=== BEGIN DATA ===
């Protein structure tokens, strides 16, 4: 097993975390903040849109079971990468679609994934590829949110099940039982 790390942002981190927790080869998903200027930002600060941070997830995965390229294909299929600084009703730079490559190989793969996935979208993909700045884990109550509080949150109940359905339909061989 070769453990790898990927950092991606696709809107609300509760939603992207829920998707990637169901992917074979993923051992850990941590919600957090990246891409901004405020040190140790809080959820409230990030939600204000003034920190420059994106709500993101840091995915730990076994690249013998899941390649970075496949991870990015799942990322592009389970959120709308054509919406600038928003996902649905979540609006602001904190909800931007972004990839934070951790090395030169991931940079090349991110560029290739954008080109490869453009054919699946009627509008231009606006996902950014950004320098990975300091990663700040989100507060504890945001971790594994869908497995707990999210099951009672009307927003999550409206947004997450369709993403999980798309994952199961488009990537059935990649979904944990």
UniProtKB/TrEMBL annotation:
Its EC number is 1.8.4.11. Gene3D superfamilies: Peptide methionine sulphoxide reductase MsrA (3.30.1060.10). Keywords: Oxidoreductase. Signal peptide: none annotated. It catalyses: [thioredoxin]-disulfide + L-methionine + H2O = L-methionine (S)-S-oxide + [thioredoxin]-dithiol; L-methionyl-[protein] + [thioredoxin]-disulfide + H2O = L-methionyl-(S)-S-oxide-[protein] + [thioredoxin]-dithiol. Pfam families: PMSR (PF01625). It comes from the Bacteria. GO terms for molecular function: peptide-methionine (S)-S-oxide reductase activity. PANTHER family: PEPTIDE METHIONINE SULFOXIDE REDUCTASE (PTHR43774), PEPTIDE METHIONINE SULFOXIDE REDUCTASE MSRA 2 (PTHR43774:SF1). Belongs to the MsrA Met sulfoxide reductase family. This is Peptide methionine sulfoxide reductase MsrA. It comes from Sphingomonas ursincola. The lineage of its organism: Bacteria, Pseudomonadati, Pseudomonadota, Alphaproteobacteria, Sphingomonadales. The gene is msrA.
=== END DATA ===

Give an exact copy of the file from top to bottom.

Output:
């Protein structure tokens, strides 16, 4: 097993975390903040849109079971990468679609994934590829949110099940039982 790390942002981190927790080869998903200027930002600060941070997830995965390229294909299929600084009703730079490559190989793969996935979208993909700045884990109550509080949150109940359905339909061989 070769453990790898990927950092991606696709809107609300509760939603992207829920998707990637169901992917074979993923051992850990941590919600957090990246891409901004405020040190140790809080959820409230990030939600204000003034920190420059994106709500993101840091995915730990076994690249013998899941390649970075496949991870990015799942990322592009389970959120709308054509919406600038928003996902649905979540609006602001904190909800931007972004990839934070951790090395030169991931940079090349991110560029290739954008080109490869453009054919699946009627509008231009606006996902950014950004320098990975300091990663700040989100507060504890945001971790594994869908497995707990999210099951009672009307927003999550409206947004997450369709993403999980798309994952199961488009990537059935990649979904944990």
UniProtKB/TrEMBL annotation:
Its EC number is 1.8.4.11. Gene3D superfamilies: Peptide methionine sulphoxide reductase MsrA (3.30.1060.10). Keywords: Oxidoreductase. Signal peptide: none annotated. It catalyses: [thioredoxin]-disulfide + L-methionine + H2O = L-methionine (S)-S-oxide + [thioredoxin]-dithiol; L-methionyl-[protein] + [thioredoxin]-disulfide + H2O = L-methionyl-(S)-S-oxide-[protein] + [thioredoxin]-dithiol. Pfam families: PMSR (PF01625). It comes from the Bacteria. GO terms for molecular function: peptide-methionine (S)-S-oxide reductase activity. PANTHER family: PEPTIDE METHIONINE SULFOXIDE REDUCTASE (PTHR43774), PEPTIDE METHIONINE SULFOXIDE REDUCTASE MSRA 2 (PTHR43774:SF1). Belongs to the MsrA Met sulfoxide reductase family. This is Peptide methionine sulfoxide reductase MsrA. It comes from Sphingomonas ursincola. The lineage of its organism: Bacteria, Pseudomonadati, Pseudomonadota, Alphaproteobacteria, Sphingomonadales. The gene is msrA.